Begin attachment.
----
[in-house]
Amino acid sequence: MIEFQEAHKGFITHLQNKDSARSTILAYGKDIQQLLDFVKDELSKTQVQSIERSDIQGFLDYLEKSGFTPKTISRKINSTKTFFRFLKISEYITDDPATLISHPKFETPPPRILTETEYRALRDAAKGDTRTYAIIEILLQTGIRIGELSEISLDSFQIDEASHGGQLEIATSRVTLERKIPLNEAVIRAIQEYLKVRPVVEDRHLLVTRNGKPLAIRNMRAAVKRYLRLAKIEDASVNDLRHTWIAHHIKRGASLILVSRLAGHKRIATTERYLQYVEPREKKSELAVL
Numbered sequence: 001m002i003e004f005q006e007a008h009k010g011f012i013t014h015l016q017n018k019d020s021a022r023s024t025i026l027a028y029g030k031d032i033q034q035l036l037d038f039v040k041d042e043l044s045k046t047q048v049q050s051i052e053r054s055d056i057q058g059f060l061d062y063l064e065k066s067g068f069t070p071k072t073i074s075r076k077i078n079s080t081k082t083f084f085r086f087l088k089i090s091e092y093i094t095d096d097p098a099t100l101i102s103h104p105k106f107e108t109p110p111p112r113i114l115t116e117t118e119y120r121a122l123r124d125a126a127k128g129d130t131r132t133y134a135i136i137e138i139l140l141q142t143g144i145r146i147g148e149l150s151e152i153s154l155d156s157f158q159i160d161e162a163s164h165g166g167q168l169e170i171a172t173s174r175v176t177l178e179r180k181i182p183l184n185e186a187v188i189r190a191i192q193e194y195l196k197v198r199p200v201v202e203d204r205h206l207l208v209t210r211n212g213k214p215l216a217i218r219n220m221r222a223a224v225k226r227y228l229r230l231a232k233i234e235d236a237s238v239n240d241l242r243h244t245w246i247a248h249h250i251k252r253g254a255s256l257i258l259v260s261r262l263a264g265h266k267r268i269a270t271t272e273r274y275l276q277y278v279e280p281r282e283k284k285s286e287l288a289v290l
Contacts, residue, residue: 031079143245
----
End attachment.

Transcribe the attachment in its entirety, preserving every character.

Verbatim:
[in-house]
Amino acid sequence: MIEFQEAHKGFITHLQNKDSARSTILAYGKDIQQLLDFVKDELSKTQVQSIERSDIQGFLDYLEKSGFTPKTISRKINSTKTFFRFLKISEYITDDPATLISHPKFETPPPRILTETEYRALRDAAKGDTRTYAIIEILLQTGIRIGELSEISLDSFQIDEASHGGQLEIATSRVTLERKIPLNEAVIRAIQEYLKVRPVVEDRHLLVTRNGKPLAIRNMRAAVKRYLRLAKIEDASVNDLRHTWIAHHIKRGASLILVSRLAGHKRIATTERYLQYVEPREKKSELAVL
Numbered sequence: 001m002i003e004f005q006e007a008h009k010g011f012i013t014h015l016q017n018k019d020s021a022r023s024t025i026l027a028y029g030k031d032i033q034q035l036l037d038f039v040k041d042e043l044s045k046t047q048v049q050s051i052e053r054s055d056i057q058g059f060l061d062y063l064e065k066s067g068f069t070p071k072t073i074s075r076k077i078n079s080t081k082t083f084f085r086f087l088k089i090s091e092y093i094t095d096d097p098a099t100l101i102s103h104p105k106f107e108t109p110p111p112r113i114l115t116e117t118e119y120r121a122l123r124d125a126a127k128g129d130t131r132t133y134a135i136i137e138i139l140l141q142t143g144i145r146i147g148e149l150s151e152i153s154l155d156s157f158q159i160d161e162a163s164h165g166g167q168l169e170i171a172t173s174r175v176t177l178e179r180k181i182p183l184n185e186a187v188i189r190a191i192q193e194y195l196k197v198r199p200v201v202e203d204r205h206l207l208v209t210r211n212g213k214p215l216a217i218r219n220m221r222a223a224v225k226r227y228l229r230l231a232k233i234e235d236a237s238v239n240d241l242r243h244t245w246i247a248h249h250i251k252r253g254a255s256l257i258l259v260s261r262l263a264g265h266k267r268i269a270t271t272e273r274y275l276q277y278v279e280p281r282e283k284k285s286e287l288a289v290l
Contacts, residue, residue: 031079143245